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  Yves Bourel has been living in St. Barts for more than 10 years. He is an experienced journalist and has been the editor-in-chief for local newspapers. Currently, he is one of the radio announcers at Radio St. Barth for whom he covers political news and is presenting the local news every 2 weeks for St. Barths Online!
  July 11, 2002 - Issue # 22
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  Summer vacation is for kids
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   Like everywhere, St. Barth school kids have shed the recent school year like an old skin and turned their full attention to the what summer is really about : vacation. For the lucky, that includes travel and may mean a trip to France or to the USA to show doting grandparents how much they've grown over the past year. It may mean braving the torturous summer lines at Disneyworld for the 2-minute thrill of a roller coaster ride, or, reconnecting with cousins and family friends on neighboring islands. For the less fortunate‚, summer vacation shall be spent in St. Barth, playing at the beach or attending the Lorient summer camp.
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  Typically, the international music festival, held annually on June 21, provides the last occasion for kids to show off what they've learned in end-of-the-year recitals and concerts. Such was the case this year as younger musicians performed for Gustavia audiences as the warm-up performers for their musical elders, among them, the Suzuki school kids.
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  St-Barth Harmony is one of the most popular music schools in St. Barth, if not the most established. It was started in 1995 under the impulse of Frances Debroff, who convinced Gatien Vilain to run the Suzuki method program for violin. Since its inception, more than 40 kids have learned to play the string instrument, and today, St-Barth Harmony has recently grown to include a piano department. Despite the shoestring budget, the parent association that runs the school manages to send students to Suzuki workshops overseas at least once a year so they can improve their technique and meet other music students.
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  Summer, alas, has not been so lighthearted for the island's adults. Two fires, both attributed to arson, have underscored the fact that bad things don't just happen to other people in other places. Police suspect that hoodlums started one of the fires, which occurred at the Mireille Choisy, the island's only middle school. When their attempts to steal cash from the schools safe deposit box failed, the still-unidentified arsonists set fire to the administrative building, causing extensive damage. The incident caused a public outcry, and mayor Bruno Magras asked home owners to screen candidates more carefully before accepting to rent out their homes.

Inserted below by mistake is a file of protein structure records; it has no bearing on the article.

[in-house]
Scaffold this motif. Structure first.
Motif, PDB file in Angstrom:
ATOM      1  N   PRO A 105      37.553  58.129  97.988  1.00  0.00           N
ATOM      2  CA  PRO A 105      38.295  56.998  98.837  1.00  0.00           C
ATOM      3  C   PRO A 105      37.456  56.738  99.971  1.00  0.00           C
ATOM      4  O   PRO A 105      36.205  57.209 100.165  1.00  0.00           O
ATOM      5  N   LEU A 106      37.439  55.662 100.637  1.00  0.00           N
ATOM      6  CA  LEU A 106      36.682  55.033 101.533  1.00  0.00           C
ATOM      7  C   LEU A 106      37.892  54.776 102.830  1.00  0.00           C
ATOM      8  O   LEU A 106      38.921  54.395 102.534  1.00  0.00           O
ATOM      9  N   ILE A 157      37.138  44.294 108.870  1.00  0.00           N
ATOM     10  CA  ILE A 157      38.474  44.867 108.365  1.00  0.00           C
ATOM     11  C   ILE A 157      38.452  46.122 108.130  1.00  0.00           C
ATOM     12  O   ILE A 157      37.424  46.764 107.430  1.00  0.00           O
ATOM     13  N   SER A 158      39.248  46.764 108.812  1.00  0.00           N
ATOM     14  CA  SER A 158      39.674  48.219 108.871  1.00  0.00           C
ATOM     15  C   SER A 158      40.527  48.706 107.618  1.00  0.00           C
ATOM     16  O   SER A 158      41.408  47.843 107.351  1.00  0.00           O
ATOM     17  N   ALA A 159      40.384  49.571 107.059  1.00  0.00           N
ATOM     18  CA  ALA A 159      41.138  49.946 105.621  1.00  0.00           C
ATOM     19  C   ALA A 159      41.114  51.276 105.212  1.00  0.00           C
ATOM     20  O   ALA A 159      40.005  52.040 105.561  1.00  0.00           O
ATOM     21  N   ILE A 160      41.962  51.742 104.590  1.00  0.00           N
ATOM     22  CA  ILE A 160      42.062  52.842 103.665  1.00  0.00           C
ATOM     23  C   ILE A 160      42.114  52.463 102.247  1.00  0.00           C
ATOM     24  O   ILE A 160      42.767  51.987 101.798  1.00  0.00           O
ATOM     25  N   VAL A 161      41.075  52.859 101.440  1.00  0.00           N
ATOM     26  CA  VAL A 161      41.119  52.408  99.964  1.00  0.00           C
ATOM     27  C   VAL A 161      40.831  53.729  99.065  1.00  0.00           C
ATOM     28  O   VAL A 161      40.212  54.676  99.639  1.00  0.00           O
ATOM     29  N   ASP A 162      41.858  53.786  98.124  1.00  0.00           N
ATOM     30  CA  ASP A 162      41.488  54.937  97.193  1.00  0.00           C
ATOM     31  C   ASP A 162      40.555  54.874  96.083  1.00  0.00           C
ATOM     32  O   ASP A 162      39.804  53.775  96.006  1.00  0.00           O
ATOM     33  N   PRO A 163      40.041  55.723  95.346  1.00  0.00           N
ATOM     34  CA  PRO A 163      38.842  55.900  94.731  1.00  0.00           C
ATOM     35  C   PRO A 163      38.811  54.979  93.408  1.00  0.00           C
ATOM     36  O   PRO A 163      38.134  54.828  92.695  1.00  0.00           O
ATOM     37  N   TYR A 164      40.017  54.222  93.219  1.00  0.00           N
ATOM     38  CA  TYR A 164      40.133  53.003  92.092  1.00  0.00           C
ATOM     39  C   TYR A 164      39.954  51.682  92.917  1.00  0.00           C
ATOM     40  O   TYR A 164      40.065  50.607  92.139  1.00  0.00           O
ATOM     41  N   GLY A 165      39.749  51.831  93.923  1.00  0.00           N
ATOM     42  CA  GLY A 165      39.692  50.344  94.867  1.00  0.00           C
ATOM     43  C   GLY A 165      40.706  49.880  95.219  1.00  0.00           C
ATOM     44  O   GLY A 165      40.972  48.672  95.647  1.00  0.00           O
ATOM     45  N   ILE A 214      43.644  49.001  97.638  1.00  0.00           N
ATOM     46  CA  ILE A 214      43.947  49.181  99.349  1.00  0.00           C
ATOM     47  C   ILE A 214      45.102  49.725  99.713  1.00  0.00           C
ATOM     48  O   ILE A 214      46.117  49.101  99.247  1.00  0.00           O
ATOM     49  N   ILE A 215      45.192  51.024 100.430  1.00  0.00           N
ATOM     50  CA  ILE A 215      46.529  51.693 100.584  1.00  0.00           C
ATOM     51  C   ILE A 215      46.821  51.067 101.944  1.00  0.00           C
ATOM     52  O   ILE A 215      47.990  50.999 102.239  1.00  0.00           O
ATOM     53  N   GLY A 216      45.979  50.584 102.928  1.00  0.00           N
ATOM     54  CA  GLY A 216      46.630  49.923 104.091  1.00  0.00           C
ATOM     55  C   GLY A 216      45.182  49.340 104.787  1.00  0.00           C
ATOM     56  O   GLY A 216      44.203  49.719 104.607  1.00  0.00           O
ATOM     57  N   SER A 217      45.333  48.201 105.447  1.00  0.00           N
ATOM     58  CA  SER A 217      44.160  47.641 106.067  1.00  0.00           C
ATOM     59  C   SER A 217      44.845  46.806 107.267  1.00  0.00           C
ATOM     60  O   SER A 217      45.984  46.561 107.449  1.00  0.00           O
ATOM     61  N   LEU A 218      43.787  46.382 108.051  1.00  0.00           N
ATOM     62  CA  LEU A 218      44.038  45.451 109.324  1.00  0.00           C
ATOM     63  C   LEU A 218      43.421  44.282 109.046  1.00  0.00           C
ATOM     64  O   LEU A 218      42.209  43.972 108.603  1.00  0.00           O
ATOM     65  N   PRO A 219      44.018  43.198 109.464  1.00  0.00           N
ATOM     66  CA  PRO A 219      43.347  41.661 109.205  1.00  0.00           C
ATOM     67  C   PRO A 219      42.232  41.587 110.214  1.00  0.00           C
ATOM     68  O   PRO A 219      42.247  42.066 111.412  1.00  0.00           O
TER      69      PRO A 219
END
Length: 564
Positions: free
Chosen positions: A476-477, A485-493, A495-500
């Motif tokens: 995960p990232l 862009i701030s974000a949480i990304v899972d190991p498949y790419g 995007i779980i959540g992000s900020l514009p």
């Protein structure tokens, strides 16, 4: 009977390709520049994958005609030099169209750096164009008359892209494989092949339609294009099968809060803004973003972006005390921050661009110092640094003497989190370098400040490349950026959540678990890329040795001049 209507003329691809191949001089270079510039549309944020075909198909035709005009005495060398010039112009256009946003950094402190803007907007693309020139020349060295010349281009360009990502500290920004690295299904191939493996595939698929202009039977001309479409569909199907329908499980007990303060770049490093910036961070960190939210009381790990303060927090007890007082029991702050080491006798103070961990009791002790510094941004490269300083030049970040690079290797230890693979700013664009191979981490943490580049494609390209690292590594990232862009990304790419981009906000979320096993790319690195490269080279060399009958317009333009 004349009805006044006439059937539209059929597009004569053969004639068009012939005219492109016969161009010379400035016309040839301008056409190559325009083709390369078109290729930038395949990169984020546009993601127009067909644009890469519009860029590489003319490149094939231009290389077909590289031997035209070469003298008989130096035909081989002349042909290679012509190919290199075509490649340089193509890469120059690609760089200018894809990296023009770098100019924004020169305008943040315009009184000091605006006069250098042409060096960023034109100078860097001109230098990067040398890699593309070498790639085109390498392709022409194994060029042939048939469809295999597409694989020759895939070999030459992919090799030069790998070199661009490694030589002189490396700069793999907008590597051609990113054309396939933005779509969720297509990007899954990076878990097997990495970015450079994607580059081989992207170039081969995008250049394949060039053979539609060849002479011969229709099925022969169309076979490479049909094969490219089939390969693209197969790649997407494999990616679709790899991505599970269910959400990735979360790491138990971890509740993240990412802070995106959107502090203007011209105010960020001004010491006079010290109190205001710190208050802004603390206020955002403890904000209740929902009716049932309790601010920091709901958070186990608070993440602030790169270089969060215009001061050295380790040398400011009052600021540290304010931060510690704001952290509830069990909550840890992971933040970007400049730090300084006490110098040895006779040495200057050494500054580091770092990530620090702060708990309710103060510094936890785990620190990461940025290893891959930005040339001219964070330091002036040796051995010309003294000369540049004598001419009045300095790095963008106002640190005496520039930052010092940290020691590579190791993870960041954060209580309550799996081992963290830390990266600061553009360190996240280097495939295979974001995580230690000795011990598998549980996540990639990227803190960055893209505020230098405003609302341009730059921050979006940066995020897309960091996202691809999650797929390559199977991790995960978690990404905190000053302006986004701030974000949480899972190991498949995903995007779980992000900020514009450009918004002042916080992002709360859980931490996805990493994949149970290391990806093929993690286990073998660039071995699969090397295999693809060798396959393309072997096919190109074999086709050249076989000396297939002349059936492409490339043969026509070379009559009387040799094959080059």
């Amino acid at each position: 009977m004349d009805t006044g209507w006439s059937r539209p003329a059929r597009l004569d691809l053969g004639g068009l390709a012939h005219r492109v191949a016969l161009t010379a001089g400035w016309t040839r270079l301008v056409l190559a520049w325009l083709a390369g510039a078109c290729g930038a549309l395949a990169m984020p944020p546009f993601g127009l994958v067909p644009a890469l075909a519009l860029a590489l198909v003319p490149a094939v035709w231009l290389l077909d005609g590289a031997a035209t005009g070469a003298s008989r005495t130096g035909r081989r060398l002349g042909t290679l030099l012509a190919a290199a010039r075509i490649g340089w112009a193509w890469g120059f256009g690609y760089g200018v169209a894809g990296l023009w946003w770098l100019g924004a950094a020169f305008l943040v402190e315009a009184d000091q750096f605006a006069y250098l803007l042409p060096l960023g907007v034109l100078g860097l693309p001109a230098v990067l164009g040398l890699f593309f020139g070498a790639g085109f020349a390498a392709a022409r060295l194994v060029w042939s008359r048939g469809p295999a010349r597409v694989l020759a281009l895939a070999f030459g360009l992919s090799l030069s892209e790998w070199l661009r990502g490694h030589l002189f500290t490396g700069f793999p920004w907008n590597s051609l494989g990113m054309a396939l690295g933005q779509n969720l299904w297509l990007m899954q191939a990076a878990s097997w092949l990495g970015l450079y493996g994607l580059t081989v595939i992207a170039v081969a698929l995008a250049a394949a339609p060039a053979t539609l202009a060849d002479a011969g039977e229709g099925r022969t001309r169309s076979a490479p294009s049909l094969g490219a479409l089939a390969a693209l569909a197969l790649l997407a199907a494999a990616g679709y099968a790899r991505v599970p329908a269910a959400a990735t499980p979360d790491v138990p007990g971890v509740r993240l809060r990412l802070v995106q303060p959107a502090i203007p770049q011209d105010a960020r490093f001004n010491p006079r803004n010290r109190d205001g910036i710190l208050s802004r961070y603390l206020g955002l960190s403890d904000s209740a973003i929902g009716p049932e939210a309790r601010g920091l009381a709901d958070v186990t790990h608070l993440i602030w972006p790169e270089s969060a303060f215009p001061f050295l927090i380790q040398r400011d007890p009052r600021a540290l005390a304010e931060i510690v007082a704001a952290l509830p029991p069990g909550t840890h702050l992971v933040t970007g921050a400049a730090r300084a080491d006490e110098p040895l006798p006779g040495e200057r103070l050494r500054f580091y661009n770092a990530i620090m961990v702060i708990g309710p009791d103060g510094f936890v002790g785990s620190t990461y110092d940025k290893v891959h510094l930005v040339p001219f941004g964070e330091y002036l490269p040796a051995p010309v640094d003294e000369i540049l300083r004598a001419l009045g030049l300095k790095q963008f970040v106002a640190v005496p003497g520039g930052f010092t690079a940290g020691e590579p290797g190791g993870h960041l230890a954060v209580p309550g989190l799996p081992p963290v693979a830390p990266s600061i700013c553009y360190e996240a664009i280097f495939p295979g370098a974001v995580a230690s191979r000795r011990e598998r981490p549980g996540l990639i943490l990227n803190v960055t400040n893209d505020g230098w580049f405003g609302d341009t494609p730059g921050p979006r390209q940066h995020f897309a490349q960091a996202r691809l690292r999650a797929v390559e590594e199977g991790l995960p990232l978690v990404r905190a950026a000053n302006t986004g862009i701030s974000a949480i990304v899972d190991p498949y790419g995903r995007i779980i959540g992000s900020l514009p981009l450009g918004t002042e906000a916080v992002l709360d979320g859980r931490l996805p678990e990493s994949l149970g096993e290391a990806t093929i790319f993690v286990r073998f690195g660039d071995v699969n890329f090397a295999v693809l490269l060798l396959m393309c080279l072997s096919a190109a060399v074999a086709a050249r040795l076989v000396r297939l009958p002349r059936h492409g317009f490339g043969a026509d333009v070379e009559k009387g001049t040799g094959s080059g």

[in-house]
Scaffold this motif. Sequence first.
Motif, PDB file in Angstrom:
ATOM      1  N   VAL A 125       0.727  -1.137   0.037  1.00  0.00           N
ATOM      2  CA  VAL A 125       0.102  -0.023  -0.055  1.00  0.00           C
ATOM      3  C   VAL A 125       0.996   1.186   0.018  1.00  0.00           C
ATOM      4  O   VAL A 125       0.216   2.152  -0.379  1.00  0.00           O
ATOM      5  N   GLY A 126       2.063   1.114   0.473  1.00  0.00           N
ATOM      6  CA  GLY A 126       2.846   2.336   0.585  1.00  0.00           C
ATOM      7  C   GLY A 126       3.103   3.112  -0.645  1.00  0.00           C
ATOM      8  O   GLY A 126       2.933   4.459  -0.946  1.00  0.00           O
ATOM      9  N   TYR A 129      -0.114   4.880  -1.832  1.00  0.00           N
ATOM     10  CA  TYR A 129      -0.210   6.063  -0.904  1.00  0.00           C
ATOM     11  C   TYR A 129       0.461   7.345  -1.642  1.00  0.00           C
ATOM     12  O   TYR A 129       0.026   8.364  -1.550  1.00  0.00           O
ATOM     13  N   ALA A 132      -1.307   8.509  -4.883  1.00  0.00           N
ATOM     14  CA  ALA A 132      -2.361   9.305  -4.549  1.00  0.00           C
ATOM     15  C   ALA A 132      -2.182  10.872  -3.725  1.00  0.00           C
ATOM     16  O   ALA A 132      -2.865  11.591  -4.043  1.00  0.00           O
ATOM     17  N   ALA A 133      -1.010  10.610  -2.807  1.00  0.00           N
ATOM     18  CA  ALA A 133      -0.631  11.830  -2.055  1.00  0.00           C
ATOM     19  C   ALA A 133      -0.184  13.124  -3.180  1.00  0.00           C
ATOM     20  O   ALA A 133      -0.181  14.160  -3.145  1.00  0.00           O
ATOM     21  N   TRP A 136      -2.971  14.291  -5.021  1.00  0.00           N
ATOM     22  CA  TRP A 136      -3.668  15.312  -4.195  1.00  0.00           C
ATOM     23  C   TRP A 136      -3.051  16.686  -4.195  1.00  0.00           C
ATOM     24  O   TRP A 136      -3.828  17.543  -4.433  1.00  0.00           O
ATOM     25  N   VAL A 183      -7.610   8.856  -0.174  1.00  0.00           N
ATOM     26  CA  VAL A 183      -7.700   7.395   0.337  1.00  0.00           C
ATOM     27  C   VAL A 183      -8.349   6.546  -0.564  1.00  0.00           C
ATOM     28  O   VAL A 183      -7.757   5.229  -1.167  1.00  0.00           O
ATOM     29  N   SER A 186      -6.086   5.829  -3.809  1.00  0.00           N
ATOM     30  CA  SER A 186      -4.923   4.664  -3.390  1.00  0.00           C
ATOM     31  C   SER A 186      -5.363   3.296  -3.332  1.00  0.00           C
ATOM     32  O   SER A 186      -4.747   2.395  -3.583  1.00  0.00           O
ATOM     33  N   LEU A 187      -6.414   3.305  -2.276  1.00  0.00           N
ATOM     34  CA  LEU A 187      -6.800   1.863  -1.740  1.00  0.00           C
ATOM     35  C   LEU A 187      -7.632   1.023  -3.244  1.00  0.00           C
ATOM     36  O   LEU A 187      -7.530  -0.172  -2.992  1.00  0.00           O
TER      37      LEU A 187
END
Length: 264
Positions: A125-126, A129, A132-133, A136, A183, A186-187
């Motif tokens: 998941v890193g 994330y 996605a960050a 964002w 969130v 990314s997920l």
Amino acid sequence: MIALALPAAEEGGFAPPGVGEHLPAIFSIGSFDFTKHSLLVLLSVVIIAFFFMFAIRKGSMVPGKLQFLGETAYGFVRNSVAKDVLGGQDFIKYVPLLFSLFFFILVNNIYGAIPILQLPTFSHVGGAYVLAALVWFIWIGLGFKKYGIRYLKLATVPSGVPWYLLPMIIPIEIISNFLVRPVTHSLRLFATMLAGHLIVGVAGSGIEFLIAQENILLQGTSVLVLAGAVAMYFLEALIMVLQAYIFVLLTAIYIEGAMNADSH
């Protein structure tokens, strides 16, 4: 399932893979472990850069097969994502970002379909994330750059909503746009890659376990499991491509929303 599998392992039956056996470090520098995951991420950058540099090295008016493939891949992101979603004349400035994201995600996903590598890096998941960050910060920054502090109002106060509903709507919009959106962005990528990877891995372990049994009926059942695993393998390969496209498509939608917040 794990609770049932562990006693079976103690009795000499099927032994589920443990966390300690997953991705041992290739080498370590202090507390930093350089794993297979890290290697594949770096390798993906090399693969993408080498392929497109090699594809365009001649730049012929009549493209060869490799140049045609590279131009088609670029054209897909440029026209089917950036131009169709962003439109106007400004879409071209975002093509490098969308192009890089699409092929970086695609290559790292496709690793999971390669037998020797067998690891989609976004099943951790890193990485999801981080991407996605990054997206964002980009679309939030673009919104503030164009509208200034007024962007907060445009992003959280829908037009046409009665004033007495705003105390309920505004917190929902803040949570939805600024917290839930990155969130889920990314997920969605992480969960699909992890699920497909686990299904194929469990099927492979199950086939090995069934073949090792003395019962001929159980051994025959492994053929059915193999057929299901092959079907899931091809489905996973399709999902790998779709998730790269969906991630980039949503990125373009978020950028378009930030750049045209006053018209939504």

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  Security was a topic that made the agenda of the last municipal council meeting. More precisely, the head of the civil aviation administration has been asking local leaders to equip the airport with screening devices for both passengers and baggage. Elected officials are dragging their feet on this one or simply passing the buck in order to dodge the costs of bringing St. Barth's airport up-to-par with current airport security standards. Says St. Barth mayor Bruno Magras, "The international rules set forth by the civil aviation administration could hinder the operation of the St. Barth airport and mean longer waits for passengers. Anyway, the security controls are all done in Sint Maarten." But if locals are hedging when it comes to investing in airport security, they are running out of time when it comes to the reconstruction of the runway. No date has been set, the project is only in the bidding procedure, and it will probably be years before the reconstruction actually get underway, but when it happens, it is going to be a major job that will necessitate shutting down the airport for several weeks and figuring out how to get St. Barth-bound passengers to St. Barth in the meanwhile.
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  Summer will put closure on the dossier concerning the island's new status. Members of the local business community and legal counselors met one final time on June 29, to prepare the delegation that will meet with the new minister for France overseas departments on July 15. Its mission: to go over the definitive text that exonerates St. Barth residents from paying French income taxes. Optimism is running at an all-time high, especially since France' Prime Minister confirmed that the country's will be revised in autumn. The revision will include provisions for the à la carte‚ addition of status modifications for France' overseas departments.

  More to come,

  Yves Bourel


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